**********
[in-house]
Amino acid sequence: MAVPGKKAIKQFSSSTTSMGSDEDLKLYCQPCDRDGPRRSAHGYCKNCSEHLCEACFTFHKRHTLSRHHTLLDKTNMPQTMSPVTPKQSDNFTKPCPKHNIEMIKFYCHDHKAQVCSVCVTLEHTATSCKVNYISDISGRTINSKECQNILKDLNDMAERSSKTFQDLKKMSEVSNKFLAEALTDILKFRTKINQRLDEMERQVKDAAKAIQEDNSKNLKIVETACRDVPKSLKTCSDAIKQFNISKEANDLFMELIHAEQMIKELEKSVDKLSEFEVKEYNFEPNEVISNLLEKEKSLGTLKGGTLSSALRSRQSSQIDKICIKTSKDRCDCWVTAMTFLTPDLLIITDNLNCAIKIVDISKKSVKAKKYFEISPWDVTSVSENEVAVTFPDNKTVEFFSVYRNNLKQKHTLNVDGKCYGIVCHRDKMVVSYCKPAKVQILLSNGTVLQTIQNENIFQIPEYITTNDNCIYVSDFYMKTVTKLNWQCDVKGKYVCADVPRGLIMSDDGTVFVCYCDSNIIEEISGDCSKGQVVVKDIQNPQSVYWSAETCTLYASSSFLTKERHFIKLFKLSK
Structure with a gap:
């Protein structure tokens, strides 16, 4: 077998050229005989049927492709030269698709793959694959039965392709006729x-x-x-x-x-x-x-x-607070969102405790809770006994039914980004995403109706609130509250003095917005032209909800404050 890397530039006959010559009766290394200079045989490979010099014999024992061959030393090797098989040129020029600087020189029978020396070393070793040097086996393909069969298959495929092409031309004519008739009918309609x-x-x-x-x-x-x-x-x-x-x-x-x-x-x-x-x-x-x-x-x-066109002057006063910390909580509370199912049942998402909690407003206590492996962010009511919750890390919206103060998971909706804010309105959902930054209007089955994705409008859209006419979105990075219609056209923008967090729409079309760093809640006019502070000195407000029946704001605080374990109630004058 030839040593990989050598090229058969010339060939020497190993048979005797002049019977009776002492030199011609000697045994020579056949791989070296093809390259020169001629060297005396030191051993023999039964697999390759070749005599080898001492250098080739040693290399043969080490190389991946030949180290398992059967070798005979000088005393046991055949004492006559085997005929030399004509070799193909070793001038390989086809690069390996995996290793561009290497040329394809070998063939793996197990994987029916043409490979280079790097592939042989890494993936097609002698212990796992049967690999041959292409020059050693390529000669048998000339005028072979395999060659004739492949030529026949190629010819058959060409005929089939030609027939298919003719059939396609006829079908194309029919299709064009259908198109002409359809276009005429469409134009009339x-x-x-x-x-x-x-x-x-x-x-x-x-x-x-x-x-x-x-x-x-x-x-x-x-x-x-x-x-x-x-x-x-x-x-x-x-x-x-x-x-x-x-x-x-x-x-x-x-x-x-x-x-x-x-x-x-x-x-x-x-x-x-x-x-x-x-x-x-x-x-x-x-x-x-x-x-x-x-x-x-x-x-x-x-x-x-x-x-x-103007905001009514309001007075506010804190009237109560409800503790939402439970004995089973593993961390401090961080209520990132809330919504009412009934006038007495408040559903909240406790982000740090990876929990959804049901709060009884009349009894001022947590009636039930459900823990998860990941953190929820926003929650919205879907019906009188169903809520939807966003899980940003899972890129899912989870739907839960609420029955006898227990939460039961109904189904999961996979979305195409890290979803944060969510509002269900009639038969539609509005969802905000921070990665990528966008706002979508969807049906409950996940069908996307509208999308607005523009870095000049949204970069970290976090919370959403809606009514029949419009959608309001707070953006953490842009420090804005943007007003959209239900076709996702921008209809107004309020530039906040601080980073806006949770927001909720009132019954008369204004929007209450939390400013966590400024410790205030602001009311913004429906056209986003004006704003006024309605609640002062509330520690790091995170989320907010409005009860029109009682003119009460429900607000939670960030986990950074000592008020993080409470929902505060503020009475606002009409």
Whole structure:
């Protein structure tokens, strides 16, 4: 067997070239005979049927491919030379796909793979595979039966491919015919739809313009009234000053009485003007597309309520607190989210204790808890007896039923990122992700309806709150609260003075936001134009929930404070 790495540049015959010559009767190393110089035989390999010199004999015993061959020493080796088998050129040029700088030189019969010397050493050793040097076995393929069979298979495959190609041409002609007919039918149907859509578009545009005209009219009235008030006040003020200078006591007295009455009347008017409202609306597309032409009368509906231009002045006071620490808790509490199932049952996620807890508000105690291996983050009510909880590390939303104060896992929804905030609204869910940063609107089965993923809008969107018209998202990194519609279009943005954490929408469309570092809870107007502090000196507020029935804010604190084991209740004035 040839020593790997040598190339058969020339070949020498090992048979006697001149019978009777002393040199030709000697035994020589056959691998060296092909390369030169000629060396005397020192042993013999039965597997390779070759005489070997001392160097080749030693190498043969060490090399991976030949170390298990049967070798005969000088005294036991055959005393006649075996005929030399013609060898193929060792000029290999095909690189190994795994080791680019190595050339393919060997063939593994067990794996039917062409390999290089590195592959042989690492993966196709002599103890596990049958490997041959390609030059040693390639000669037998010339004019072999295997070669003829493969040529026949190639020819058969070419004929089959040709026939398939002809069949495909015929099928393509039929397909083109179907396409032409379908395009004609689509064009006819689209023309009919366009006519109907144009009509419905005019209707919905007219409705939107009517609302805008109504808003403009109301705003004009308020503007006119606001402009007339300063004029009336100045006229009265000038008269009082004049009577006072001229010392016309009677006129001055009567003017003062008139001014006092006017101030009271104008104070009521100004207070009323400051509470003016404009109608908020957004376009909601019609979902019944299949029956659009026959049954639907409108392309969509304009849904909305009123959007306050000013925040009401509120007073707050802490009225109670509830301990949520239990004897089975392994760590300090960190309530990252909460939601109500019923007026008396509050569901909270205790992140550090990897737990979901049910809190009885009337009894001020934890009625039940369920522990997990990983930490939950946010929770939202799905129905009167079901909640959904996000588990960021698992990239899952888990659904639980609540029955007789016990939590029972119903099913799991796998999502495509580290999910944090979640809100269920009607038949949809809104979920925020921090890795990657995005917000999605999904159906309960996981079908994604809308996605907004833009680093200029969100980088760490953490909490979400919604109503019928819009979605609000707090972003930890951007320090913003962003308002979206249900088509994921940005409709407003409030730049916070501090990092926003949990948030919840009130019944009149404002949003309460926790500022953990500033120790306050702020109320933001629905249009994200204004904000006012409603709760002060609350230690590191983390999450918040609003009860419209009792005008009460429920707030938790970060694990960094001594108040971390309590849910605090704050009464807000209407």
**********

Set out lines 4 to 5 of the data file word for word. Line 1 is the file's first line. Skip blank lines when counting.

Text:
């Protein structure tokens, strides 16, 4: 077998050229005989049927492709030269698709793959694959039965392709006729x-x-x-x-x-x-x-x-607070969102405790809770006994039914980004995403109706609130509250003095917005032209909800404050 890397530039006959010559009766290394200079045989490979010099014999024992061959030393090797098989040129020029600087020189029978020396070393070793040097086996393909069969298959495929092409031309004519008739009918309609x-x-x-x-x-x-x-x-x-x-x-x-x-x-x-x-x-x-x-x-x-066109002057006063910390909580509370199912049942998402909690407003206590492996962010009511919750890390919206103060998971909706804010309105959902930054209007089955994705409008859209006419979105990075219609056209923008967090729409079309760093809640006019502070000195407000029946704001605080374990109630004058 030839040593990989050598090229058969010339060939020497190993048979005797002049019977009776002492030199011609000697045994020579056949791989070296093809390259020169001629060297005396030191051993023999039964697999390759070749005599080898001492250098080739040693290399043969080490190389991946030949180290398992059967070798005979000088005393046991055949004492006559085997005929030399004509070799193909070793001038390989086809690069390996995996290793561009290497040329394809070998063939793996197990994987029916043409490979280079790097592939042989890494993936097609002698212990796992049967690999041959292409020059050693390529000669048998000339005028072979395999060659004739492949030529026949190629010819058959060409005929089939030609027939298919003719059939396609006829079908194309029919299709064009259908198109002409359809276009005429469409134009009339x-x-x-x-x-x-x-x-x-x-x-x-x-x-x-x-x-x-x-x-x-x-x-x-x-x-x-x-x-x-x-x-x-x-x-x-x-x-x-x-x-x-x-x-x-x-x-x-x-x-x-x-x-x-x-x-x-x-x-x-x-x-x-x-x-x-x-x-x-x-x-x-x-x-x-x-x-x-x-x-x-x-x-x-x-x-x-x-x-x-103007905001009514309001007075506010804190009237109560409800503790939402439970004995089973593993961390401090961080209520990132809330919504009412009934006038007495408040559903909240406790982000740090990876929990959804049901709060009884009349009894001022947590009636039930459900823990998860990941953190929820926003929650919205879907019906009188169903809520939807966003899980940003899972890129899912989870739907839960609420029955006898227990939460039961109904189904999961996979979305195409890290979803944060969510509002269900009639038969539609509005969802905000921070990665990528966008706002979508969807049906409950996940069908996307509208999308607005523009870095000049949204970069970290976090919370959403809606009514029949419009959608309001707070953006953490842009420090804005943007007003959209239900076709996702921008209809107004309020530039906040601080980073806006949770927001909720009132019954008369204004929007209450939390400013966590400024410790205030602001009311913004429906056209986003004006704003006024309605609640002062509330520690790091995170989320907010409005009860029109009682003119009460429900607000939670960030986990950074000592008020993080409470929902505060503020009475606002009409």
Whole structure: